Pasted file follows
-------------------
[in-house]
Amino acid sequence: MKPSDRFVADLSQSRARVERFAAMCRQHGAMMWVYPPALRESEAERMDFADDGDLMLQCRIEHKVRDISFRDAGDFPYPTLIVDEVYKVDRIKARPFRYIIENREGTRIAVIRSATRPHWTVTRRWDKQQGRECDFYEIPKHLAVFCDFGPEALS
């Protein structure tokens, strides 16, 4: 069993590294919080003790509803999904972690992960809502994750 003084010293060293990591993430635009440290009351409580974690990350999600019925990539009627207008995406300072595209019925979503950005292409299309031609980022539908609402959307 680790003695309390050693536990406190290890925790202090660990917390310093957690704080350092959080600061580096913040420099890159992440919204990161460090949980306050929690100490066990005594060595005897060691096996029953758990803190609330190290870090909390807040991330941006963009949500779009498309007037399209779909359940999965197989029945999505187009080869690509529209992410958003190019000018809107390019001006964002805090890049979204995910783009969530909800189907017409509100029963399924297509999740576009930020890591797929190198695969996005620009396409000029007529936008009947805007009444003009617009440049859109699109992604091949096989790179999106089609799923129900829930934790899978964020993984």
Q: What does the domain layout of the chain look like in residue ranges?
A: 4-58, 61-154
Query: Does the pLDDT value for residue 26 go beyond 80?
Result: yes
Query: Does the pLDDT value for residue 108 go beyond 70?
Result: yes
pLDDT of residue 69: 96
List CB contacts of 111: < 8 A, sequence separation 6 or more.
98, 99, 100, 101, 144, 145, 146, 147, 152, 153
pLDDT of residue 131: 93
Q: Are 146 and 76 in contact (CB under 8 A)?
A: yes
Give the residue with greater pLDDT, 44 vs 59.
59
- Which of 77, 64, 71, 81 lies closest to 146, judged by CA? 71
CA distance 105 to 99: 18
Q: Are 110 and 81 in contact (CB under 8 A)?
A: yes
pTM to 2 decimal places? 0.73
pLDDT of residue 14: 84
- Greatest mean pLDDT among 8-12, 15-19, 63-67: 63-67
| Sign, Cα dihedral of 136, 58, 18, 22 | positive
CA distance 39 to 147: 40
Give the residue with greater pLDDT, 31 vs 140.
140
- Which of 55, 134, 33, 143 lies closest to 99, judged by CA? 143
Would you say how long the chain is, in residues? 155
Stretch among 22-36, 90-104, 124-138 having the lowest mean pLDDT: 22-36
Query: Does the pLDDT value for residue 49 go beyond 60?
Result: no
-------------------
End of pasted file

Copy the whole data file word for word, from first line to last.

[in-house]
Amino acid sequence: MKPSDRFVADLSQSRARVERFAAMCRQHGAMMWVYPPALRESEAERMDFADDGDLMLQCRIEHKVRDISFRDAGDFPYPTLIVDEVYKVDRIKARPFRYIIENREGTRIAVIRSATRPHWTVTRRWDKQQGRECDFYEIPKHLAVFCDFGPEALS
């Protein structure tokens, strides 16, 4: 069993590294919080003790509803999904972690992960809502994750 003084010293060293990591993430635009440290009351409580974690990350999600019925990539009627207008995406300072595209019925979503950005292409299309031609980022539908609402959307 680790003695309390050693536990406190290890925790202090660990917390310093957690704080350092959080600061580096913040420099890159992440919204990161460090949980306050929690100490066990005594060595005897060691096996029953758990803190609330190290870090909390807040991330941006963009949500779009498309007037399209779909359940999965197989029945999505187009080869690509529209992410958003190019000018809107390019001006964002805090890049979204995910783009969530909800189907017409509100029963399924297509999740576009930020890591797929190198695969996005620009396409000029007529936008009947805007009444003009617009440049859109699109992604091949096989790179999106089609799923129900829930934790899978964020993984």
Q: What does the domain layout of the chain look like in residue ranges?
A: 4-58, 61-154
Query: Does the pLDDT value for residue 26 go beyond 80?
Result: yes
Query: Does the pLDDT value for residue 108 go beyond 70?
Result: yes
pLDDT of residue 69: 96
List CB contacts of 111: < 8 A, sequence separation 6 or more.
98, 99, 100, 101, 144, 145, 146, 147, 152, 153
pLDDT of residue 131: 93
Q: Are 146 and 76 in contact (CB under 8 A)?
A: yes
Give the residue with greater pLDDT, 44 vs 59.
59
- Which of 77, 64, 71, 81 lies closest to 146, judged by CA? 71
CA distance 105 to 99: 18
Q: Are 110 and 81 in contact (CB under 8 A)?
A: yes
pTM to 2 decimal places? 0.73
pLDDT of residue 14: 84
- Greatest mean pLDDT among 8-12, 15-19, 63-67: 63-67
| Sign, Cα dihedral of 136, 58, 18, 22 | positive
CA distance 39 to 147: 40
Give the residue with greater pLDDT, 31 vs 140.
140
- Which of 55, 134, 33, 143 lies closest to 99, judged by CA? 143
Would you say how long the chain is, in residues? 155
Stretch among 22-36, 90-104, 124-138 having the lowest mean pLDDT: 22-36
Query: Does the pLDDT value for residue 49 go beyond 60?
Result: no